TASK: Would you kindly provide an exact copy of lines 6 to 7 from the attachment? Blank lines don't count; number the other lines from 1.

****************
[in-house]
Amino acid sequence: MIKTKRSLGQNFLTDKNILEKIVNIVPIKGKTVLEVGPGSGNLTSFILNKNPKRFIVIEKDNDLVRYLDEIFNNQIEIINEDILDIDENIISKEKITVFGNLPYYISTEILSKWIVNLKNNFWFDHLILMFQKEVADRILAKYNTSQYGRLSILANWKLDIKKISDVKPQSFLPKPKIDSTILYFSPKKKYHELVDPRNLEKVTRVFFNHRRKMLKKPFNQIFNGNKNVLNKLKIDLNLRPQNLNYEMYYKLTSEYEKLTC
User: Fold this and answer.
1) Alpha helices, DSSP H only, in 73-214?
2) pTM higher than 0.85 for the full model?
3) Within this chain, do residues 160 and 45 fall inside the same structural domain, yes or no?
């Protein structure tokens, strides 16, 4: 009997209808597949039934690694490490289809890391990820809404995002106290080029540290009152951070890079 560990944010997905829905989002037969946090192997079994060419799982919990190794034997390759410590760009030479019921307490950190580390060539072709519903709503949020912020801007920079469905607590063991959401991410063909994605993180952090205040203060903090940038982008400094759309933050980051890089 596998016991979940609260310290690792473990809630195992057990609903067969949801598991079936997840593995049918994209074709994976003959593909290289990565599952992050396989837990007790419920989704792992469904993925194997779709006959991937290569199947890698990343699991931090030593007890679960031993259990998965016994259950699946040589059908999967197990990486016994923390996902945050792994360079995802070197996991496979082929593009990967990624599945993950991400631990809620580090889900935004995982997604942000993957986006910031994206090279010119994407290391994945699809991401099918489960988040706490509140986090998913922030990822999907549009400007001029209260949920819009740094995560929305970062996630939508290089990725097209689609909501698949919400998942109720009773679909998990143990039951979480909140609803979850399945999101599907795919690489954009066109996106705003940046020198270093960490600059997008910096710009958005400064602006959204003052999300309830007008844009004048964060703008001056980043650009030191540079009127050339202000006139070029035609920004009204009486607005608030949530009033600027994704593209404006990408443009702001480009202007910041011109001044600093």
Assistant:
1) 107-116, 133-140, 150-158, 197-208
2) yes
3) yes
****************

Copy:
3) Within this chain, do residues 160 and 45 fall inside the same structural domain, yes or no?
């Protein structure tokens, strides 16, 4: 009997209808597949039934690694490490289809890391990820809404995002106290080029540290009152951070890079 560990944010997905829905989002037969946090192997079994060419799982919990190794034997390759410590760009030479019921307490950190580390060539072709519903709503949020912020801007920079469905607590063991959401991410063909994605993180952090205040203060903090940038982008400094759309933050980051890089 596998016991979940609260310290690792473990809630195992057990609903067969949801598991079936997840593995049918994209074709994976003959593909290289990565599952992050396989837990007790419920989704792992469904993925194997779709006959991937290569199947890698990343699991931090030593007890679960031993259990998965016994259950699946040589059908999967197990990486016994923390996902945050792994360079995802070197996991496979082929593009990967990624599945993950991400631990809620580090889900935004995982997604942000993957986006910031994206090279010119994407290391994945699809991401099918489960988040706490509140986090998913922030990822999907549009400007001029209260949920819009740094995560929305970062996630939508290089990725097209689609909501698949919400998942109720009773679909998990143990039951979480909140609803979850399945999101599907795919690489954009066109996106705003940046020198270093960490600059997008910096710009958005400064602006959204003052999300309830007008844009004048964060703008001056980043650009030191540079009127050339202000006139070029035609920004009204009486607005608030949530009033600027994704593209404006990408443009702001480009202007910041011109001044600093």